Sometimes I wish things were different, and that you could go back in time. There's a point in everyone's life where they stop and think, "Should I have done this? Should I have said that?" Sometimes we all wonder that if at one moment, we just spoke up and told somebody something, not to be a rat, but to save a life, Pierce would still be here today. In a burrow outside of Pittsburgh, called Bethel Park, our high school has always been known as "Heroin High." This is because years back; we had so many deaths in our school from Heroin. In years to come, a lot of people had thought that we had somewhat gotten rid of the name. But we were all wrong. Pierce was a young, long blond haired, artistic 16 year old boy. You wouldn't ever see him without a guitar in his hands. His guitar was his everything. He was an amazing brother, a wonderful friend, and a good neighbor. He always thought about others. He loved to have fun; he was one of the funniest kids you could have ever encountered in your life. No matter what the subject it was, he would make up the dumbest thing just to make you laugh! Pierce was absolutely gorgeous and so nice! He was always there to talk to when you needed someone. If you were to log onto AIM at 3 in the morning on a school night, he'd be the only one on. There used to be a big group of us that would always hangout, but later on, Pierce would keep to himself and not talk to anyone. His other 'friends' started getting deeper and deeper into some drugs, and Pierce went for the ride. He jumped on that bandwagon. After a while, we all lost touch. I'd see him in school from time to time, smile, and move along. I never really knew what he was getting himself into, I just heard stories. His 'friends' that got him into these drugs would jump him, and leave him to think god knows what. And in the eyes of a teenager, watching their friend become more depressed and digging deeper into this hole he had created for himself was like standing at a top of a building watching someone jump to their death and not even having the guts to try and stop them from falling. Those who tried to help him got into huge fights with him and were pushed even farther away than the rest of us. The week before his death, he had been late on curfew. He was supposed to be in by 11 pm but arrived home around 1 a.m. His mom checked his breath for alcohol. She found nothing. He hadn't shown any signs of drugs abuse. A few days later, February 15, 2008, the day after Valentines Day, I was sitting in homeroom and I heard someone behind me talking about someone dying. I kept asking who, but no one answered me. I asked again, and a boy sitting behind me said to me, "It was this junior, Pierce Anderson." My heart dropped. I asked why, but when this kid was explaining it to me, my body froze, and I tuned him out. All I could think about was his face, and how much of a horrible person I felt like because I never got to say 'goodbye.' I made it through most of the day, but by 5th period, I walked into Building 3 to go to Algebra, and I passed his locker. That's where I broke down. I later found out that he had died from a Heroin mautfuntion. It was an air-bubble. The autopsy later explained that he had only done Heroin about twice in his whole life. A few days later, looking at him laying in his casket, I lost it. He was the first dead person I had ever touched. As a little girl I used to think that they would wake up, or grab my hand. His parents were so strong, and I give them such respect for it. I hate Heroin with every passion in my heart. It took away someone who didn't deserve to have his life cut so short. I won't ever touch Heroin. When I hear the word, my body tightens and quenches, and my face gets hot. To this day, I pass his locker every morning around 10:30. And sometimes, when I'm having a rough time and I go for a walk, I can hear his voice in the wind, and everything just gets better. Rest In Peace Sweetheart. You are dearly missed!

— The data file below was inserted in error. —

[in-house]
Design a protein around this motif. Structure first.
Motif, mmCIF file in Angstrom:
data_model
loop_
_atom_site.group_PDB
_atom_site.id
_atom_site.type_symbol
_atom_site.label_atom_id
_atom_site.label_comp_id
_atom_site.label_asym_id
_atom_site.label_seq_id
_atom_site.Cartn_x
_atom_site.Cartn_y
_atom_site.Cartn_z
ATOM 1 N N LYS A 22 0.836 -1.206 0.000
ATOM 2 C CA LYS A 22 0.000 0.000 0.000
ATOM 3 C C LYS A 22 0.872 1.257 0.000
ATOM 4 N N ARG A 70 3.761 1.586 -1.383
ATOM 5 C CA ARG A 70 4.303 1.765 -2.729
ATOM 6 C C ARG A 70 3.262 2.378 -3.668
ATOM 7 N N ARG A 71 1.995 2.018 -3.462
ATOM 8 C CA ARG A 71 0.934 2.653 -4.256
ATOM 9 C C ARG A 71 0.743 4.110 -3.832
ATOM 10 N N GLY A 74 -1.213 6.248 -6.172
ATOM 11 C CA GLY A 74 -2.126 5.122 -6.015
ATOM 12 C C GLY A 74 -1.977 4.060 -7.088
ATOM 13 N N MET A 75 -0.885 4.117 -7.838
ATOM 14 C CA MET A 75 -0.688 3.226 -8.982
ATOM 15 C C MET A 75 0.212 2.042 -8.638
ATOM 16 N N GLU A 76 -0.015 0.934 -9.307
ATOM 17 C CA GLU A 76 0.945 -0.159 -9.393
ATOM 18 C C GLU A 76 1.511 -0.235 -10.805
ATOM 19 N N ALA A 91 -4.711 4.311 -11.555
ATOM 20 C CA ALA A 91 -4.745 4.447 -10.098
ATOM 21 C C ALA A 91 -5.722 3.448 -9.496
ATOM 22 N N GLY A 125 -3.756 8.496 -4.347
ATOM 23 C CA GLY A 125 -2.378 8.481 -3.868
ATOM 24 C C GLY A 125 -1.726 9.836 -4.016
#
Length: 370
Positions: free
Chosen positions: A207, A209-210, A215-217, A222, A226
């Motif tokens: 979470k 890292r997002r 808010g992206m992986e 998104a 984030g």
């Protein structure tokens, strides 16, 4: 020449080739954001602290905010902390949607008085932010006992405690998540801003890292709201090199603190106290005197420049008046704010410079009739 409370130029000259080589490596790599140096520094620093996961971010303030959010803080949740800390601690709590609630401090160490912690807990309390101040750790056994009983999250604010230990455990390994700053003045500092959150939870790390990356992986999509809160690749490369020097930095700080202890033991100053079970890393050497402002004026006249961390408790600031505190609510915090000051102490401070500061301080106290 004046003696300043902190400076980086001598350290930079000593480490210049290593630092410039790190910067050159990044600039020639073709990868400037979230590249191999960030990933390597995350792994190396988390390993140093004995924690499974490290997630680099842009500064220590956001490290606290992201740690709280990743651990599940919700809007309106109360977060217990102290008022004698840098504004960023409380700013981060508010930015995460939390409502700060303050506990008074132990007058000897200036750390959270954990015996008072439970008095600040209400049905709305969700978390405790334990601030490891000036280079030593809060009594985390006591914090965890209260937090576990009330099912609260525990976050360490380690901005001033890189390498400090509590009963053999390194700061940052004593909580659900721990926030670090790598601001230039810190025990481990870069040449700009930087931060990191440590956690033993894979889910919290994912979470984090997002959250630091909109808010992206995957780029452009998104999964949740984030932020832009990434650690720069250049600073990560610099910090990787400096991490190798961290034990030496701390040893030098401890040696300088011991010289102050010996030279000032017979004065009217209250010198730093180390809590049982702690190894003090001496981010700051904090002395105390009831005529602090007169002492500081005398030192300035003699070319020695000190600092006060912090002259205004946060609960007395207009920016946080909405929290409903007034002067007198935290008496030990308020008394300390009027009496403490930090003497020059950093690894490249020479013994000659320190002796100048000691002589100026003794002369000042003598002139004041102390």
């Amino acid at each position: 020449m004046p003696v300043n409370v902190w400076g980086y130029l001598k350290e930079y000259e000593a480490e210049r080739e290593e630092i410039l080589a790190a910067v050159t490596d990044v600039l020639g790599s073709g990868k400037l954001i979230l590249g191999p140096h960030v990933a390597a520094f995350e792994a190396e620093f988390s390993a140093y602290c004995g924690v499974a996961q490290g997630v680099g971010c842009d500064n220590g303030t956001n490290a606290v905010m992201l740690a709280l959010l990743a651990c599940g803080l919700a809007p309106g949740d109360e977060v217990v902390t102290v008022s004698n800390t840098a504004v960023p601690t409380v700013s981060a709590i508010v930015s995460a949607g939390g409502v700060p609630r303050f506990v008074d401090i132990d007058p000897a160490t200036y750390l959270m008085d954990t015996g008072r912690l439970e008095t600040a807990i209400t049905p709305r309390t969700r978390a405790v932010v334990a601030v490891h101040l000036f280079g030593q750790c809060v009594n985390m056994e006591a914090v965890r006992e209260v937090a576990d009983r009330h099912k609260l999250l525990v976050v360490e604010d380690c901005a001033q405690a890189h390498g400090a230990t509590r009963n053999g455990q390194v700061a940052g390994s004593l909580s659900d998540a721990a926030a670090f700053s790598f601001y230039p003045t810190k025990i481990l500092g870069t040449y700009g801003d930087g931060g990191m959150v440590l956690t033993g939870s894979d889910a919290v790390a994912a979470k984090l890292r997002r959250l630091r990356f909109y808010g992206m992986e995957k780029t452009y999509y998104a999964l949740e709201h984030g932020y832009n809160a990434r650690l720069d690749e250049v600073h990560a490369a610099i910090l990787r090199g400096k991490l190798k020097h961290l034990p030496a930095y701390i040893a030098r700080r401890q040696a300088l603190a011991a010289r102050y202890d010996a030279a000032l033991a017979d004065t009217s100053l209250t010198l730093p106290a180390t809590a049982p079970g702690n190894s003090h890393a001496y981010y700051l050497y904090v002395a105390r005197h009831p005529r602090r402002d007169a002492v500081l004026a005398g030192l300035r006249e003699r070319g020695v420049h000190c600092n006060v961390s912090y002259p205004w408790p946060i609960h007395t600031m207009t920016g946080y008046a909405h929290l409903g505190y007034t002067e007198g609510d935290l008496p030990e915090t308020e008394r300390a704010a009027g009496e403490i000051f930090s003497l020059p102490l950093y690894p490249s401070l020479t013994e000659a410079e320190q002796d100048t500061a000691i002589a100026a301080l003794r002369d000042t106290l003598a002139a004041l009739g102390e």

Partners for Hope raise critical funds on behalf Partnership to End Addiction – the nation’s leading organization dedicated to addiction prevention, treatment and recovery. Every dollar raised on behalf of the Partnership* will help ensure free, personalized family support resources, including our national helpline, peer-to-peer parent coaching, customized online tools and community education programs, can reach those who need them most. Please consider donating to this fundraiser and sharing this page.
*Donations made to Partnership to End Addiction are tax deductible to the extent allowed by law. All contributions are fully tax-deductible, as no goods or services are provided in consideration in whole, or in part, of any contribution to this nonprofit organization. EIN: 52-1736502